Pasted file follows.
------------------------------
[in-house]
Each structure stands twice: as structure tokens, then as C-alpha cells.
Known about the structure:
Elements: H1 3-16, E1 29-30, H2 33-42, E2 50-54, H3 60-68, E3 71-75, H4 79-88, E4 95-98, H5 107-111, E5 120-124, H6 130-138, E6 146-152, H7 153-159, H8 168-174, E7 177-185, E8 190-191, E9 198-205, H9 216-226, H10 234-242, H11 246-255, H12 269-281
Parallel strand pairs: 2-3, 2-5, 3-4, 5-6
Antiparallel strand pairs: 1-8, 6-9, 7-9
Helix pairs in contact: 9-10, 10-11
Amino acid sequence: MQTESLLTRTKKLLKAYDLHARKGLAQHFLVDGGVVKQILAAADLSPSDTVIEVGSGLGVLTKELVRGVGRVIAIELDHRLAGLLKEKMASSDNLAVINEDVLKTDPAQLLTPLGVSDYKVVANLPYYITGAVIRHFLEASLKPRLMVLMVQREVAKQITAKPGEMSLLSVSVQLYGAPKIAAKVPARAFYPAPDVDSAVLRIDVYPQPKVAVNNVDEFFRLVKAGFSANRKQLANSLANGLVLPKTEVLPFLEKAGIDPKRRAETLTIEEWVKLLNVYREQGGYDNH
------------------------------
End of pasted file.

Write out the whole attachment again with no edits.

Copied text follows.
[in-house]
Each structure stands twice: as structure tokens, then as C-alpha cells.
Known about the structure:
Elements: H1 3-16, E1 29-30, H2 33-42, E2 50-54, H3 60-68, E3 71-75, H4 79-88, E4 95-98, H5 107-111, E5 120-124, H6 130-138, E6 146-152, H7 153-159, H8 168-174, E7 177-185, E8 190-191, E9 198-205, H9 216-226, H10 234-242, H11 246-255, H12 269-281
Parallel strand pairs: 2-3, 2-5, 3-4, 5-6
Antiparallel strand pairs: 1-8, 6-9, 7-9
Helix pairs in contact: 9-10, 10-11
Amino acid sequence: MQTESLLTRTKKLLKAYDLHARKGLAQHFLVDGGVVKQILAAADLSPSDTVIEVGSGLGVLTKELVRGVGRVIAIELDHRLAGLLKEKMASSDNLAVINEDVLKTDPAQLLTPLGVSDYKVVANLPYYITGAVIRHFLEASLKPRLMVLMVQREVAKQITAKPGEMSLLSVSVQLYGAPKIAAKVPARAFYPAPDVDSAVLRIDVYPQPKVAVNNVDEFFRLVKAGFSANRKQLANSLANGLVLPKTEVLPFLEKAGIDPKRRAETLTIEEWVKLLNVYREQGGYDNH